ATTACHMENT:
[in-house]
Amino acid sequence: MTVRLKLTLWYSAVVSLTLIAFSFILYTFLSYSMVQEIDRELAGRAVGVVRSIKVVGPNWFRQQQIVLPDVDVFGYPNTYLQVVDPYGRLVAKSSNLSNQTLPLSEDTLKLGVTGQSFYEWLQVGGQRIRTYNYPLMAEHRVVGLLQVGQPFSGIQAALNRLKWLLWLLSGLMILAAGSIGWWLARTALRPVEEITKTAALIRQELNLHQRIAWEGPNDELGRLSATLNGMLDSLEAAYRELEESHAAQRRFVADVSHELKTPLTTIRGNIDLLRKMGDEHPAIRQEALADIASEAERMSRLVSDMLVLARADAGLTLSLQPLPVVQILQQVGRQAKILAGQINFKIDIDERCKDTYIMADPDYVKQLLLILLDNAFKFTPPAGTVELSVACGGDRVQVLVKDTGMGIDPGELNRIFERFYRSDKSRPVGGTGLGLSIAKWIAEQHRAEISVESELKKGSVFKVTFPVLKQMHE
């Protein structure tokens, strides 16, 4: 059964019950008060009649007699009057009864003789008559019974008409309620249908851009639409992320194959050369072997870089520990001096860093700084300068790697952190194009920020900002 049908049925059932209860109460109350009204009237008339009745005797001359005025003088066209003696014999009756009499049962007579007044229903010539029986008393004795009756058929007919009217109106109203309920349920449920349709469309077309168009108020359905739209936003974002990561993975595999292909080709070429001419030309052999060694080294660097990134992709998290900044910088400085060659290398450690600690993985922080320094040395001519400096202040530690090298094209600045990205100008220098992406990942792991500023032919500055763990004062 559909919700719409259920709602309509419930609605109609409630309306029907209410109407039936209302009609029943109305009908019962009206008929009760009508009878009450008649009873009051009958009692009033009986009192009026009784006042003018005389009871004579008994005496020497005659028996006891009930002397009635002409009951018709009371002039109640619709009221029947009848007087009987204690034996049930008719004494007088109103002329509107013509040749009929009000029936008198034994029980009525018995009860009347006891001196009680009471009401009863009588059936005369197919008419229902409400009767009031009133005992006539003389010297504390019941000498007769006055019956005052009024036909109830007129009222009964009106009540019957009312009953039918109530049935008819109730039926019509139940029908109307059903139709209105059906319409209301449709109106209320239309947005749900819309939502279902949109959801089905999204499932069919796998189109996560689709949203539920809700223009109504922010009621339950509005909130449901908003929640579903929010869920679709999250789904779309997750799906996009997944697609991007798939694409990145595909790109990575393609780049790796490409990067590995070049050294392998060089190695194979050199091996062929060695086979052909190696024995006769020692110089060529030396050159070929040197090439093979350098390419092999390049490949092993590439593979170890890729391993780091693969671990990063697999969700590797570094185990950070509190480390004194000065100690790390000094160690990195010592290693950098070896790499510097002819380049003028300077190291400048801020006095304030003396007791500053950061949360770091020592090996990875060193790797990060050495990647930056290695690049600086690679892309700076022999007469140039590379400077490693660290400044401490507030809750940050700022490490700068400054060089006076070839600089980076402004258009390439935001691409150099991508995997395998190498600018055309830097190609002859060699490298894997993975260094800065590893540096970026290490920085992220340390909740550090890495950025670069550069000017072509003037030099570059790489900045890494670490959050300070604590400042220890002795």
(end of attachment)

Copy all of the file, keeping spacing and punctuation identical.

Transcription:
[in-house]
Amino acid sequence: MTVRLKLTLWYSAVVSLTLIAFSFILYTFLSYSMVQEIDRELAGRAVGVVRSIKVVGPNWFRQQQIVLPDVDVFGYPNTYLQVVDPYGRLVAKSSNLSNQTLPLSEDTLKLGVTGQSFYEWLQVGGQRIRTYNYPLMAEHRVVGLLQVGQPFSGIQAALNRLKWLLWLLSGLMILAAGSIGWWLARTALRPVEEITKTAALIRQELNLHQRIAWEGPNDELGRLSATLNGMLDSLEAAYRELEESHAAQRRFVADVSHELKTPLTTIRGNIDLLRKMGDEHPAIRQEALADIASEAERMSRLVSDMLVLARADAGLTLSLQPLPVVQILQQVGRQAKILAGQINFKIDIDERCKDTYIMADPDYVKQLLLILLDNAFKFTPPAGTVELSVACGGDRVQVLVKDTGMGIDPGELNRIFERFYRSDKSRPVGGTGLGLSIAKWIAEQHRAEISVESELKKGSVFKVTFPVLKQMHE
């Protein structure tokens, strides 16, 4: 059964019950008060009649007699009057009864003789008559019974008409309620249908851009639409992320194959050369072997870089520990001096860093700084300068790697952190194009920020900002 049908049925059932209860109460109350009204009237008339009745005797001359005025003088066209003696014999009756009499049962007579007044229903010539029986008393004795009756058929007919009217109106109203309920349920449920349709469309077309168009108020359905739209936003974002990561993975595999292909080709070429001419030309052999060694080294660097990134992709998290900044910088400085060659290398450690600690993985922080320094040395001519400096202040530690090298094209600045990205100008220098992406990942792991500023032919500055763990004062 559909919700719409259920709602309509419930609605109609409630309306029907209410109407039936209302009609029943109305009908019962009206008929009760009508009878009450008649009873009051009958009692009033009986009192009026009784006042003018005389009871004579008994005496020497005659028996006891009930002397009635002409009951018709009371002039109640619709009221029947009848007087009987204690034996049930008719004494007088109103002329509107013509040749009929009000029936008198034994029980009525018995009860009347006891001196009680009471009401009863009588059936005369197919008419229902409400009767009031009133005992006539003389010297504390019941000498007769006055019956005052009024036909109830007129009222009964009106009540019957009312009953039918109530049935008819109730039926019509139940029908109307059903139709209105059906319409209301449709109106209320239309947005749900819309939502279902949109959801089905999204499932069919796998189109996560689709949203539920809700223009109504922010009621339950509005909130449901908003929640579903929010869920679709999250789904779309997750799906996009997944697609991007798939694409990145595909790109990575393609780049790796490409990067590995070049050294392998060089190695194979050199091996062929060695086979052909190696024995006769020692110089060529030396050159070929040197090439093979350098390419092999390049490949092993590439593979170890890729391993780091693969671990990063697999969700590797570094185990950070509190480390004194000065100690790390000094160690990195010592290693950098070896790499510097002819380049003028300077190291400048801020006095304030003396007791500053950061949360770091020592090996990875060193790797990060050495990647930056290695690049600086690679892309700076022999007469140039590379400077490693660290400044401490507030809750940050700022490490700068400054060089006076070839600089980076402004258009390439935001691409150099991508995997395998190498600018055309830097190609002859060699490298894997993975260094800065590893540096970026290490920085992220340390909740550090890495950025670069550069000017072509003037030099570059790489900045890494670490959050300070604590400042220890002795």